Spectrum Hawaii; 019 And 020; Pegge Hopper, Desotto Brown, and Royal Isles; Fashion in Hawaii
The following program is a production of HDTV in one of the public television. The following program was funded in part by the Hawaii State foundation on culture and the arts. And the
museum much work to be done. With the. Collection. I've been collecting them for about 50 years and I do it because I'm fascinated with the history of Hawaii the way the islands were presented to the rest of the world like promotional brochures like these for example. This one with the Royal Hawaiian Hotel on the cover was used to give to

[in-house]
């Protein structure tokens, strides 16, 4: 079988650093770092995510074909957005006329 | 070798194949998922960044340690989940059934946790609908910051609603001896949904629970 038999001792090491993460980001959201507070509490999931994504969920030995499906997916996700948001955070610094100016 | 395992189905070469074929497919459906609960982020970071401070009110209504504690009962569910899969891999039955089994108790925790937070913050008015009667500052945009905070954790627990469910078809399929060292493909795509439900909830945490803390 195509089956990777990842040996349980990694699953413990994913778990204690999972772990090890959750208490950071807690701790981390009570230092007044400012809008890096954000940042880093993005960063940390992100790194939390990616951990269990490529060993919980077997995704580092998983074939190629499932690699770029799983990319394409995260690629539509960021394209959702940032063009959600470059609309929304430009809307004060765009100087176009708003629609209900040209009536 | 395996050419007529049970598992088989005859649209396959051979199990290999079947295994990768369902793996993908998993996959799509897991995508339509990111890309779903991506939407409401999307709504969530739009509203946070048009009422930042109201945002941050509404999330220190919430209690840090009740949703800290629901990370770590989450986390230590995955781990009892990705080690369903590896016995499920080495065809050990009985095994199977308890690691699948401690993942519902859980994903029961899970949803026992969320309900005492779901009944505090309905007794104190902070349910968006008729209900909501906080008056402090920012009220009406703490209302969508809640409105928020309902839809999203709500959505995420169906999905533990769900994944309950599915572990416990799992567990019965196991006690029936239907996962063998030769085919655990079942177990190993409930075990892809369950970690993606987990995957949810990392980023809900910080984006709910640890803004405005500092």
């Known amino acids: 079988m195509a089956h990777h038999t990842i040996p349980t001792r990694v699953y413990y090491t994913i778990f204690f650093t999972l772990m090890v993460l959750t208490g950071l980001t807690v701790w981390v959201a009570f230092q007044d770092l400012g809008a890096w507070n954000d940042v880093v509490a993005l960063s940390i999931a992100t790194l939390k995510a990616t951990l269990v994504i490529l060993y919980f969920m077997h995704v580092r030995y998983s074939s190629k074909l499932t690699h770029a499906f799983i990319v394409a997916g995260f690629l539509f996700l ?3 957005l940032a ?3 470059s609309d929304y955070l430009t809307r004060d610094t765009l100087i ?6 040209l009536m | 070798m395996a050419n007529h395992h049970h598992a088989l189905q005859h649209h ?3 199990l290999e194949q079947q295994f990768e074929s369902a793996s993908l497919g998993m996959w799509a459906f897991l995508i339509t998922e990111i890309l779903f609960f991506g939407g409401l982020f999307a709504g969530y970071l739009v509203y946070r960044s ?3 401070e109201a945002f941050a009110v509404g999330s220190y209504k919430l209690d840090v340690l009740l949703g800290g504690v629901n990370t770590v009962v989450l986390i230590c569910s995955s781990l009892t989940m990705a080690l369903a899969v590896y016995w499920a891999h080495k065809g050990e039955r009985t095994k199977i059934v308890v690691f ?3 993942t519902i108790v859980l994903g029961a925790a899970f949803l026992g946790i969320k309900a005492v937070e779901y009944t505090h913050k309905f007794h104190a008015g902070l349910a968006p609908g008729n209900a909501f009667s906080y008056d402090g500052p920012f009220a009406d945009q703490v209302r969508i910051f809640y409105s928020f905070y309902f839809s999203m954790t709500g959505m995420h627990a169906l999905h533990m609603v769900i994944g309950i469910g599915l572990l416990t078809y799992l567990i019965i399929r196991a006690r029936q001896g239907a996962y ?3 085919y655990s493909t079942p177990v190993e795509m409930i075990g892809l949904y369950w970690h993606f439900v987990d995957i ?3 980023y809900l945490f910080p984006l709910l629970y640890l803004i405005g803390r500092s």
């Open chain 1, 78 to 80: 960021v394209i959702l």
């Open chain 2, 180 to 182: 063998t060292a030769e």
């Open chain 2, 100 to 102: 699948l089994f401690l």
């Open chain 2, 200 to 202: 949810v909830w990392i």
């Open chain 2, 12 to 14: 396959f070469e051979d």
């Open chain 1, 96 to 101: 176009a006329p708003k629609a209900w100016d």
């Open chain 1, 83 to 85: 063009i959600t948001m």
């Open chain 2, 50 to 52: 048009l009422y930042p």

guests at the hotel when they visited in the 1930s. Nowadays commercial materials rely almost exclusively on photography but in the old days back in the 1930s for example when this postcard was printed they were much more interested in art work rather than photography. The islands are known for the beautiful natural scenery and I think that this piece of sheet music from 1913 which was published by the Schumann clay company Cisco. Serves as an appropriate introduction to use of our beautiful natural scenery here of course hauled away. You know even today we're very fond of our famous island flower and this is a view from 1942 on the back of a promotional booklet titled What USA depicts a trio of three famous blossoms.